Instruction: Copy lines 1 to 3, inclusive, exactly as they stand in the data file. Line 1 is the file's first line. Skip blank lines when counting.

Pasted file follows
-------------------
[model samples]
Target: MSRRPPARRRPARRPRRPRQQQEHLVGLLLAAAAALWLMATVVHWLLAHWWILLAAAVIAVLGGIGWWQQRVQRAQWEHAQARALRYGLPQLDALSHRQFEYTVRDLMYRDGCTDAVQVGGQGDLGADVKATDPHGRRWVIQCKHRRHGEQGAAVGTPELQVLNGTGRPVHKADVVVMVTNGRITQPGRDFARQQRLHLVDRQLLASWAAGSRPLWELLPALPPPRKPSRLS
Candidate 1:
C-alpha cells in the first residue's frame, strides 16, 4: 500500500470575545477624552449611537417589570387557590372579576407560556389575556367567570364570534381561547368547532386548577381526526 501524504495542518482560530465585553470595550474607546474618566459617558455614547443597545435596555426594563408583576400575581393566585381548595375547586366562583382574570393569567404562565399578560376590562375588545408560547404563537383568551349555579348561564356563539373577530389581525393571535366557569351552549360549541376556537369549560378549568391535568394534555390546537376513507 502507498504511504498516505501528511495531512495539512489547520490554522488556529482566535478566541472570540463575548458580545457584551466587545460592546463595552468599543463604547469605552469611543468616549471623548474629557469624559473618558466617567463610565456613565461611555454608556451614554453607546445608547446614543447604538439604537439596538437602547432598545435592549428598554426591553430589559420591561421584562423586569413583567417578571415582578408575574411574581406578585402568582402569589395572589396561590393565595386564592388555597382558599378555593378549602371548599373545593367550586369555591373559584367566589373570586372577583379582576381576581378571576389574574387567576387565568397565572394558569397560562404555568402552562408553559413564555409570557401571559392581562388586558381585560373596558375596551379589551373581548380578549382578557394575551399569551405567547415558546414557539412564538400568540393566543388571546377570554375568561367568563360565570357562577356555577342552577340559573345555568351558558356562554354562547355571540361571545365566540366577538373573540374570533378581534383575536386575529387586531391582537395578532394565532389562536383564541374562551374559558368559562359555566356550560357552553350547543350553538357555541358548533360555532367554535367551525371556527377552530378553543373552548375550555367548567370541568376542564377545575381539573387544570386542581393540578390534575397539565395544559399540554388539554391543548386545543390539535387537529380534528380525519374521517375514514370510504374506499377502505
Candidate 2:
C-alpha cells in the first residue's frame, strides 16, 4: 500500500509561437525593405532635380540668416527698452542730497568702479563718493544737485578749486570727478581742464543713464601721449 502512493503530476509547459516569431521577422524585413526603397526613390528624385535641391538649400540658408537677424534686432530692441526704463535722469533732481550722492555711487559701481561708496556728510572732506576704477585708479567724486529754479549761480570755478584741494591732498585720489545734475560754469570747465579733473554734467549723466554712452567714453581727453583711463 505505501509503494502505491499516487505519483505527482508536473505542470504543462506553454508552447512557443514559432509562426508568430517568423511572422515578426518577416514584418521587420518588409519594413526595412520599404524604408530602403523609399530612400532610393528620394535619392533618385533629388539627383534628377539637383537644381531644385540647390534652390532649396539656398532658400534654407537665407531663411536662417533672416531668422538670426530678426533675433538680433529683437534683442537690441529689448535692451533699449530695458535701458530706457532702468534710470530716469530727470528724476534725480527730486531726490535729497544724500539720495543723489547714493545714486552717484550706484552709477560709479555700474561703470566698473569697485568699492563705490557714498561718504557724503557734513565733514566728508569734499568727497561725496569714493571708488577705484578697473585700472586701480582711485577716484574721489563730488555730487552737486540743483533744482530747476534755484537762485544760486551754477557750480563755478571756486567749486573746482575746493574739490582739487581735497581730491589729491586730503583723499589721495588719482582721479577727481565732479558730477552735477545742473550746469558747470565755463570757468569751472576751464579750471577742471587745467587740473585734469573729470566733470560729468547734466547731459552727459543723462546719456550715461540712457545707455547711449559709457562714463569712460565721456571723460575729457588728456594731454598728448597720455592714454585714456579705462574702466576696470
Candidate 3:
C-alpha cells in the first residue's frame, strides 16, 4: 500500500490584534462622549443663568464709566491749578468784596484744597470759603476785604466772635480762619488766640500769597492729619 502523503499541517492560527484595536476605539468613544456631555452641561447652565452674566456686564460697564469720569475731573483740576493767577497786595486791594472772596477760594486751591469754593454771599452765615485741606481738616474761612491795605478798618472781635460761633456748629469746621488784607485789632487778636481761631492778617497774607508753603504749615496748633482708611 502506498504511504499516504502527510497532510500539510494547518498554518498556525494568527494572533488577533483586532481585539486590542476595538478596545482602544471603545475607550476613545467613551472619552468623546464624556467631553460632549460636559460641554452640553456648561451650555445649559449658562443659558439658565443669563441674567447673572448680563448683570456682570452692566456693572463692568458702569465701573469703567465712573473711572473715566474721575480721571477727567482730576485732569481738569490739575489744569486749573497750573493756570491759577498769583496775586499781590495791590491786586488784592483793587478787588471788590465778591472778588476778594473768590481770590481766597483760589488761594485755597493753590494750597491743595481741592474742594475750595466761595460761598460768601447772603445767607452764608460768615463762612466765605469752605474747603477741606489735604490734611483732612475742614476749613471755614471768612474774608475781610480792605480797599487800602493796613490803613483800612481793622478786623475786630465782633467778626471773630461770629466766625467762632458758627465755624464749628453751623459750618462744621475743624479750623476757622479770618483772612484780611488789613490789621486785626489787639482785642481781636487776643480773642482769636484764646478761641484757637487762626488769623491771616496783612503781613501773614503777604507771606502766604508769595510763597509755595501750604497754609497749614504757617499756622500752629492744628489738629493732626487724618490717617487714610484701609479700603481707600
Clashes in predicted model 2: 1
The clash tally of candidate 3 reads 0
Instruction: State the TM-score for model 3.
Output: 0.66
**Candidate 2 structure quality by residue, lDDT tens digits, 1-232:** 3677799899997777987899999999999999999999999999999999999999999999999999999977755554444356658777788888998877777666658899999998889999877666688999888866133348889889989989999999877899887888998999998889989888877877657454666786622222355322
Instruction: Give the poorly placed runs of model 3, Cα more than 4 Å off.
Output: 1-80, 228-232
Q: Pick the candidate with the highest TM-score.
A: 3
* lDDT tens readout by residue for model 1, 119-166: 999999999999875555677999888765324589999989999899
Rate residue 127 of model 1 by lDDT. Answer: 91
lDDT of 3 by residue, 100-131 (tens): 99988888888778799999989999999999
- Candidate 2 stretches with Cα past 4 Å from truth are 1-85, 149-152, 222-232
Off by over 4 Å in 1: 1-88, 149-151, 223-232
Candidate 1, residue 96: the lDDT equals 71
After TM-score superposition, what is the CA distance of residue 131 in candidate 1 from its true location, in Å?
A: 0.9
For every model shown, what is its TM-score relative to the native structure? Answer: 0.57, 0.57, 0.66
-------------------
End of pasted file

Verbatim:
[model samples]
Target: MSRRPPARRRPARRPRRPRQQQEHLVGLLLAAAAALWLMATVVHWLLAHWWILLAAAVIAVLGGIGWWQQRVQRAQWEHAQARALRYGLPQLDALSHRQFEYTVRDLMYRDGCTDAVQVGGQGDLGADVKATDPHGRRWVIQCKHRRHGEQGAAVGTPELQVLNGTGRPVHKADVVVMVTNGRITQPGRDFARQQRLHLVDRQLLASWAAGSRPLWELLPALPPPRKPSRLS
Candidate 1: